Minimal access surgery compared with medical management for gastro-oesophageal reflux disease: five year follow-up of a randomised controlled trial (REFLUX)BMJ 2013; 346 doi: https://doi.org/10.1136/bmj.f1908 (Published 18 April 2013) Cite this as: BMJ 2013;346:f1908
- A M Grant, professor of health services research1,
- S C Cotton, trial coordinator1,
- C Boachie, statistician1,
- C R Ramsay, professor of health services research1,
- Z H Krukowski, professor of clinical surgery2,
- R C Heading, honorary professor3,
- M K Campbell, director1
- the REFLUX Trial Group
- 1Health Services Research Unit, University of Aberdeen, Aberdeen AB25 2ZD, UK
- 2Aberdeen Royal Infirmary, Foresterhill, Aberdeen AB25 2ZN, UK
- 3School of Medicine and Health, Wolfson Research Institute, Durham University, Queen’s Campus, Stockton-on-Tees, TS17 6BH, UK
- Correspondence to: A M Grant
- Accepted 25 November 2012
Objectives To determine the long term clinical effectiveness of laparoscopic fundoplication as an alternative to drug treatment for chronic gastro-oesophageal reflux disease (GORD).
Design Five year follow-up of multicentre, pragmatic randomised trial (with parallel non-randomised preference groups).
Setting Initial recruitment in 21 UK hospitals.
Participants Responders to annual questionnaires among 810 original participants. At entry, all had had GORD for >12 months.
Intervention The surgeon chose the type of fundoplication. Medical therapy was reviewed and optimised by a specialist. Subsequent management was at the discretion of the clinician responsible for care, usually in primary care.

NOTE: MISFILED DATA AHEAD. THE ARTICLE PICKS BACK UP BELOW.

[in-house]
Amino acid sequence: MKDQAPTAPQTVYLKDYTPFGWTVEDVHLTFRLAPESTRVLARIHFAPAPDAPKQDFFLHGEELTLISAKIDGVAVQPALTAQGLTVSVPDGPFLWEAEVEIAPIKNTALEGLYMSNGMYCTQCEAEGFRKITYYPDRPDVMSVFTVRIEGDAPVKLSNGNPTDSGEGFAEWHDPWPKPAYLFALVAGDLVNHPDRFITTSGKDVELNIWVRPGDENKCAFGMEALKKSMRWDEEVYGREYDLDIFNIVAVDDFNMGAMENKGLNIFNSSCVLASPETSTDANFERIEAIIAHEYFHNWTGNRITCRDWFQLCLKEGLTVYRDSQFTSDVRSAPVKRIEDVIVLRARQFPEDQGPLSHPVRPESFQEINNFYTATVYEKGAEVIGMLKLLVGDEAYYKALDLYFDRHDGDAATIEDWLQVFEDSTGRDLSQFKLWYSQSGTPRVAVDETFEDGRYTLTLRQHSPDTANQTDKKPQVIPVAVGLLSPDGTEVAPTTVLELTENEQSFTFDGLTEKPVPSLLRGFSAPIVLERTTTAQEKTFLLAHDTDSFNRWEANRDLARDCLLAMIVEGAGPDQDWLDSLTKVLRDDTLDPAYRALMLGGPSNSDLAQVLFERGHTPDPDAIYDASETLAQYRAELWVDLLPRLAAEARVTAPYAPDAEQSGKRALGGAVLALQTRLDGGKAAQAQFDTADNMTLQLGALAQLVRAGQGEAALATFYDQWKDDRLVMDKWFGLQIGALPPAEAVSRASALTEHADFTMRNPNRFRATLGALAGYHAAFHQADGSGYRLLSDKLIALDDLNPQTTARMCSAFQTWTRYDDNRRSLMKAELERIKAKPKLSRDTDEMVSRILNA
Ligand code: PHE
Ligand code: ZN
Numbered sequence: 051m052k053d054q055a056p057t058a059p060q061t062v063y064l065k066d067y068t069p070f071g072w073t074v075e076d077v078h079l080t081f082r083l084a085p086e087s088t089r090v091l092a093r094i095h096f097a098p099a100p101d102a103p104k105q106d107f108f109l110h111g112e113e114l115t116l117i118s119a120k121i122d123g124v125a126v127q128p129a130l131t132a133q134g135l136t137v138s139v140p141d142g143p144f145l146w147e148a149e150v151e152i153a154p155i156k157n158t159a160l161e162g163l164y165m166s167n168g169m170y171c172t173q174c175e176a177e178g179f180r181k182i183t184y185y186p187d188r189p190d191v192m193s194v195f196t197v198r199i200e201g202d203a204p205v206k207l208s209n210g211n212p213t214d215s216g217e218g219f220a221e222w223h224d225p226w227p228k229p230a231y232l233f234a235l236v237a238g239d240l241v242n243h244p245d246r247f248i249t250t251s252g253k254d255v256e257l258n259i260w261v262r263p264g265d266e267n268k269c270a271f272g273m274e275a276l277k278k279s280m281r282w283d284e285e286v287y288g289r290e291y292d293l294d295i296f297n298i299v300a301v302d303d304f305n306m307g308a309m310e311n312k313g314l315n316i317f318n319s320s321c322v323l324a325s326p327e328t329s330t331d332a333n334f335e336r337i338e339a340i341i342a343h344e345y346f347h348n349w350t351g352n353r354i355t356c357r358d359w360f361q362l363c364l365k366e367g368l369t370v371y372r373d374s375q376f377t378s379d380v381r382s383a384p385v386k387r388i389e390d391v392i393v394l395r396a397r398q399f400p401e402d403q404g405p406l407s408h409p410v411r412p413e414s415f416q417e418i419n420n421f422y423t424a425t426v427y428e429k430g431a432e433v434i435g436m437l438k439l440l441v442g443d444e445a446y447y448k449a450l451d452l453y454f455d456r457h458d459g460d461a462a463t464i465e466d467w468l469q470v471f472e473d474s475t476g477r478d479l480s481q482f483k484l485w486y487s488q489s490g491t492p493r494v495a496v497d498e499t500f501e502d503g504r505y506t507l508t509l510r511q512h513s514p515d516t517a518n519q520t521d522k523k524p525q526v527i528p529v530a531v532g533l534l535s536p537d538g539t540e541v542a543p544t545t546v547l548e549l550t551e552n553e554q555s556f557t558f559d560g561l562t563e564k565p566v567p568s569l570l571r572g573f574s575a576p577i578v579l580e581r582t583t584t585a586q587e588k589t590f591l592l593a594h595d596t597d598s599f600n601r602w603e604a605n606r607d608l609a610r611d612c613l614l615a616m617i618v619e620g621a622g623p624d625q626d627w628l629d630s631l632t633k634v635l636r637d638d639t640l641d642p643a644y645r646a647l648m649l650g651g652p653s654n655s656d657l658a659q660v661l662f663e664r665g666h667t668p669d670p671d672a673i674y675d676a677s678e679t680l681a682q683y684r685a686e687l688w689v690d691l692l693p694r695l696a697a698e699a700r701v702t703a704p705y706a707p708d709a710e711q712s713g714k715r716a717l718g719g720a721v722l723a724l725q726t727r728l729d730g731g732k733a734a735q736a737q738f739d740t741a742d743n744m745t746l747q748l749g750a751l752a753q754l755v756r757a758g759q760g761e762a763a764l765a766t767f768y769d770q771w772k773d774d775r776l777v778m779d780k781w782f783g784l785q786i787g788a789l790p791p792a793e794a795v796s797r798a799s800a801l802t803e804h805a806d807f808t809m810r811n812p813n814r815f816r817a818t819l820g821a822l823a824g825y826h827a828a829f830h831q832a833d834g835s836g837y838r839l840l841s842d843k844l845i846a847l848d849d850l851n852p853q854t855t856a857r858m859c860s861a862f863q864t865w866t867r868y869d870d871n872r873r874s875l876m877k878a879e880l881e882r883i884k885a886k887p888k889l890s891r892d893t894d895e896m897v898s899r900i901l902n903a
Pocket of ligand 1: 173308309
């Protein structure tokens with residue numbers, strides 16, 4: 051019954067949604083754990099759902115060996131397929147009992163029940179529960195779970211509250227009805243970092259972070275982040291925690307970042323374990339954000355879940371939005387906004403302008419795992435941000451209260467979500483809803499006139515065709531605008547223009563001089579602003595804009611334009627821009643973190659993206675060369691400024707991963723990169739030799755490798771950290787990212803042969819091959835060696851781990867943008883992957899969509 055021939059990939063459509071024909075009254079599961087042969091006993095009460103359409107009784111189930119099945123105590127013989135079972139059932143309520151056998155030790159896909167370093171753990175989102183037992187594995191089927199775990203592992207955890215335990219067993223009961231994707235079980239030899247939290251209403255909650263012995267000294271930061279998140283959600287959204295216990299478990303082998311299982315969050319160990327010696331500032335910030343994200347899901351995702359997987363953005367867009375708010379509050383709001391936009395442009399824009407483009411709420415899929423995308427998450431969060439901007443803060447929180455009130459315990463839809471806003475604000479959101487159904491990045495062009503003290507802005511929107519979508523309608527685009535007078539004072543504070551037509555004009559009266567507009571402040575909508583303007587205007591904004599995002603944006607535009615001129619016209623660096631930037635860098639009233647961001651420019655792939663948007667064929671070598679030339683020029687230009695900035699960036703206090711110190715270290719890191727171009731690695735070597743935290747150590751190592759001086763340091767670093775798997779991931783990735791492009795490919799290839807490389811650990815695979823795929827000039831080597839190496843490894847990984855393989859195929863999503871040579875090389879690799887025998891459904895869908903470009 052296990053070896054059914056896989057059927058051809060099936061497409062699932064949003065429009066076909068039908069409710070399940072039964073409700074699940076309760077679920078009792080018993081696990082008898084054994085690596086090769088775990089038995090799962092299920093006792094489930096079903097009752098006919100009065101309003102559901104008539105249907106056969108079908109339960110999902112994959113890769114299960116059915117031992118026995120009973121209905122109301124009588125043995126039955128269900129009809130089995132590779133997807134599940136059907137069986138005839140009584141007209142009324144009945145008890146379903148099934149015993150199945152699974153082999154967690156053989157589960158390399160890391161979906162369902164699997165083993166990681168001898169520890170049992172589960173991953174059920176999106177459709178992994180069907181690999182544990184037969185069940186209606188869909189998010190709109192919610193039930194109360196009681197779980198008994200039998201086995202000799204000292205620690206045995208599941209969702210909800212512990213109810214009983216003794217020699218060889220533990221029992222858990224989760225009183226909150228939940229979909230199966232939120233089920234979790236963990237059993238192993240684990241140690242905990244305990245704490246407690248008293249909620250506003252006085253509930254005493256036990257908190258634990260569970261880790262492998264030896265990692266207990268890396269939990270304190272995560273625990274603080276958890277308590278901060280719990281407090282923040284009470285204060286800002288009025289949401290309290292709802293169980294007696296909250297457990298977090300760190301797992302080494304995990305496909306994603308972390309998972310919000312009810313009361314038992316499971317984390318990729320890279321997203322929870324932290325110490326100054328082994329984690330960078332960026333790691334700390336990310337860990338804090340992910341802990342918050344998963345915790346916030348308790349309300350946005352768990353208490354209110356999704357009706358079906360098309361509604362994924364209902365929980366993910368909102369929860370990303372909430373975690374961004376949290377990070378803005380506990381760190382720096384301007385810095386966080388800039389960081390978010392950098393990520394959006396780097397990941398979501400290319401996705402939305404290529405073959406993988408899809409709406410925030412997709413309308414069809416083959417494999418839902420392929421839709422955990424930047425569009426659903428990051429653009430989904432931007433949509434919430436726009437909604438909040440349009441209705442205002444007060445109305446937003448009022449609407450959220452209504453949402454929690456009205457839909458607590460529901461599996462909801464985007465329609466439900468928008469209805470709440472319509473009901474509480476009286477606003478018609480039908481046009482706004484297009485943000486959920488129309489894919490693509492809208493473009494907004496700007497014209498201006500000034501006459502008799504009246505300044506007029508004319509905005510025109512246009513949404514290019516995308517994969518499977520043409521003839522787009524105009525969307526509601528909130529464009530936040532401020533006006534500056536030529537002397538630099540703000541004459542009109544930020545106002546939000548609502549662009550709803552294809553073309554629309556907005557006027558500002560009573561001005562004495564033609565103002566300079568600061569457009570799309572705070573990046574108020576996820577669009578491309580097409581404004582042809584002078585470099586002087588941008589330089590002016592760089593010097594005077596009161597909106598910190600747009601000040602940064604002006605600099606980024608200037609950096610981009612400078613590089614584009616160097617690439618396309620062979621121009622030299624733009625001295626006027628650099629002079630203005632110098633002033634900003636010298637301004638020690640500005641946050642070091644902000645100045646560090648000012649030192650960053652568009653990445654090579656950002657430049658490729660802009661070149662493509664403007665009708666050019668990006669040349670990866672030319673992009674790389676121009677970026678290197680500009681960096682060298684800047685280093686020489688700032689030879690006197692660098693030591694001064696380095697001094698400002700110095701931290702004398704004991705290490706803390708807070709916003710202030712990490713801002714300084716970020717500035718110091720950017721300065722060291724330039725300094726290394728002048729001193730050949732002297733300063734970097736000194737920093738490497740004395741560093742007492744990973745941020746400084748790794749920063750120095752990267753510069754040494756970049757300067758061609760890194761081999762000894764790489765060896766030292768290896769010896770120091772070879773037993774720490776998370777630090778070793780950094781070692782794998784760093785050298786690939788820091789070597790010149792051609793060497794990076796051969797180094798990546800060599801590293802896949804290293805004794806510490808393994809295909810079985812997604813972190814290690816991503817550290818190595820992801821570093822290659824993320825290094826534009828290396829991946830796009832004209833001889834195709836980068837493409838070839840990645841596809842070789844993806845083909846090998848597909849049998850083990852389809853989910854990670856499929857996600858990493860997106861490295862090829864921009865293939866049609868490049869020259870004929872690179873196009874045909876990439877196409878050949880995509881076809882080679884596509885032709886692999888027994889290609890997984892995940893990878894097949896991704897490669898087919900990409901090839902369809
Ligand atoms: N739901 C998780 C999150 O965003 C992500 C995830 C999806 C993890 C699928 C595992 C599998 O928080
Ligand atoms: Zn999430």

Main outcome measures Primary outcome measure was self reported quality of life score on disease-specific REFLUX questionnaire. Other measures were health status (with SF-36 and EuroQol EQ-5D questionnaires), use of antireflux medication, and complications.
Results By five years, 63% (112/178) of patients randomised to surgery and 13% (24/179) of those randomised to medical management had received a fundoplication (plus 85% (222/261) and 3% (6/192) of those who expressed a preference for surgery and for medical management). Among responders at 5 years, 44% (56/127) of those randomised to surgery were taking antireflux medication versus 82% (98/119) of those randomised to medical management. Differences in the REFLUX score significantly favoured the randomised surgery group (mean difference 8.5 (95% CI 3.9 to 13.1), P<0.001, at five years). SF-36 and EQ-5D scores also favoured surgery, but were not statistically significant at five years. After fundoplication, 3% (12/364) had surgical treatment for a complication and 4% (16) had subsequent reflux-related operations—most often revision of the wrap. Long term rates of dysphagia, flatulence, and inability to vomit were similar in the two randomised groups.
Conclusions After five years, laparoscopic fundoplication continued to provide better relief of GORD symptoms than medical management. Adverse effects of surgery were uncommon and generally observed soon after surgery. A small proportion had re-operations. There was no evidence of long term adverse symptoms caused by surgery.
Trial registration Current Controlled Trials ISRCTN15517081.
We thank Janice Cruden and Pauline Garden for their secretarial support and data management; Samantha Wileman and Julie Bruce for help with the overview of trials; Samantha Wileman, Maureen G C Gillan, Marie Cameron, Christiane Pflanz-Sinclair, and Lynne Swan for their assistance in nurse coordination and patient recruitment and follow-up; Sharon McCann for assistance in the piloting of the practical arrangements of this trial; and Allan Walker, Daniel Barnett, and Gladys McPherson for database and programming support.